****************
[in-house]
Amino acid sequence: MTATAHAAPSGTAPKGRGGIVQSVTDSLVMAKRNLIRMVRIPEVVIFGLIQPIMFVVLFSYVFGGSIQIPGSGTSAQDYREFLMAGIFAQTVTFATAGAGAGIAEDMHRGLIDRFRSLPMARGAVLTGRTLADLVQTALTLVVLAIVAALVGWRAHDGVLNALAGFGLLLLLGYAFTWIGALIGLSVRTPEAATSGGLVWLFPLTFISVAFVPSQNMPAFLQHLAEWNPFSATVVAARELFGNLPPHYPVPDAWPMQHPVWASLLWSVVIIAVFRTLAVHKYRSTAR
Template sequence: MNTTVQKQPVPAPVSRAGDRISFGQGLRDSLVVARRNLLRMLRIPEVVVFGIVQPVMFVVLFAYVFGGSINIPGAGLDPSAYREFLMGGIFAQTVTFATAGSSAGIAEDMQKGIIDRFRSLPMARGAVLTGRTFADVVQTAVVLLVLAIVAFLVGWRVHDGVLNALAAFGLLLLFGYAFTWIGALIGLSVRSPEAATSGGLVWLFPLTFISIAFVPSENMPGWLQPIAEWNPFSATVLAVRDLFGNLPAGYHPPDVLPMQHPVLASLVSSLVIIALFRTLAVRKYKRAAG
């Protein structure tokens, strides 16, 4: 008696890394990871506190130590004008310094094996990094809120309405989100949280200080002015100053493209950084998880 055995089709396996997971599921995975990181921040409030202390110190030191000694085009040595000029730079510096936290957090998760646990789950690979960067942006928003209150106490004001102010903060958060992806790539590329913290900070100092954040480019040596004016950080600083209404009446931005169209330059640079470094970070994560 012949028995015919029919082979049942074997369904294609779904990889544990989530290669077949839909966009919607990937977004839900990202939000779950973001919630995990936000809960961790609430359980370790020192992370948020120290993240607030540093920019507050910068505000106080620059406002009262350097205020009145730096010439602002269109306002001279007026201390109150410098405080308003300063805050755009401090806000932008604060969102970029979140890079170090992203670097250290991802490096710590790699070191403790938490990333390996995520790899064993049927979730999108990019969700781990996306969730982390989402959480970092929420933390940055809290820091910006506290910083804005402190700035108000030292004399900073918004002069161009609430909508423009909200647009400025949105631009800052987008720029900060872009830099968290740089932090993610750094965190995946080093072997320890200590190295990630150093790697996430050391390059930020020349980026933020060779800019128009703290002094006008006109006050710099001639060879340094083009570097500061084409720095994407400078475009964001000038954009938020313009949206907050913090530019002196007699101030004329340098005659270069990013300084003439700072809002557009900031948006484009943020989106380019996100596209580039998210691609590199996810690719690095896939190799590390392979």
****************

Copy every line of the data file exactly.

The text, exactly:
[in-house]
Amino acid sequence: MTATAHAAPSGTAPKGRGGIVQSVTDSLVMAKRNLIRMVRIPEVVIFGLIQPIMFVVLFSYVFGGSIQIPGSGTSAQDYREFLMAGIFAQTVTFATAGAGAGIAEDMHRGLIDRFRSLPMARGAVLTGRTLADLVQTALTLVVLAIVAALVGWRAHDGVLNALAGFGLLLLLGYAFTWIGALIGLSVRTPEAATSGGLVWLFPLTFISVAFVPSQNMPAFLQHLAEWNPFSATVVAARELFGNLPPHYPVPDAWPMQHPVWASLLWSVVIIAVFRTLAVHKYRSTAR
Template sequence: MNTTVQKQPVPAPVSRAGDRISFGQGLRDSLVVARRNLLRMLRIPEVVVFGIVQPVMFVVLFAYVFGGSINIPGAGLDPSAYREFLMGGIFAQTVTFATAGSSAGIAEDMQKGIIDRFRSLPMARGAVLTGRTFADVVQTAVVLLVLAIVAFLVGWRVHDGVLNALAAFGLLLLFGYAFTWIGALIGLSVRSPEAATSGGLVWLFPLTFISIAFVPSENMPGWLQPIAEWNPFSATVLAVRDLFGNLPAGYHPPDVLPMQHPVLASLVSSLVIIALFRTLAVRKYKRAAG
């Protein structure tokens, strides 16, 4: 008696890394990871506190130590004008310094094996990094809120309405989100949280200080002015100053493209950084998880 055995089709396996997971599921995975990181921040409030202390110190030191000694085009040595000029730079510096936290957090998760646990789950690979960067942006928003209150106490004001102010903060958060992806790539590329913290900070100092954040480019040596004016950080600083209404009446931005169209330059640079470094970070994560 012949028995015919029919082979049942074997369904294609779904990889544990989530290669077949839909966009919607990937977004839900990202939000779950973001919630995990936000809960961790609430359980370790020192992370948020120290993240607030540093920019507050910068505000106080620059406002009262350097205020009145730096010439602002269109306002001279007026201390109150410098405080308003300063805050755009401090806000932008604060969102970029979140890079170090992203670097250290991802490096710590790699070191403790938490990333390996995520790899064993049927979730999108990019969700781990996306969730982390989402959480970092929420933390940055809290820091910006506290910083804005402190700035108000030292004399900073918004002069161009609430909508423009909200647009400025949105631009800052987008720029900060872009830099968290740089932090993610750094965190995946080093072997320890200590190295990630150093790697996430050391390059930020020349980026933020060779800019128009703290002094006008006109006050710099001639060879340094083009570097500061084409720095994407400078475009964001000038954009938020313009949206907050913090530019002196007699101030004329340098005659270069990013300084003439700072809002557009900031948006484009943020989106380019996100596209580039998210691609590199996810690719690095896939190799590390392979």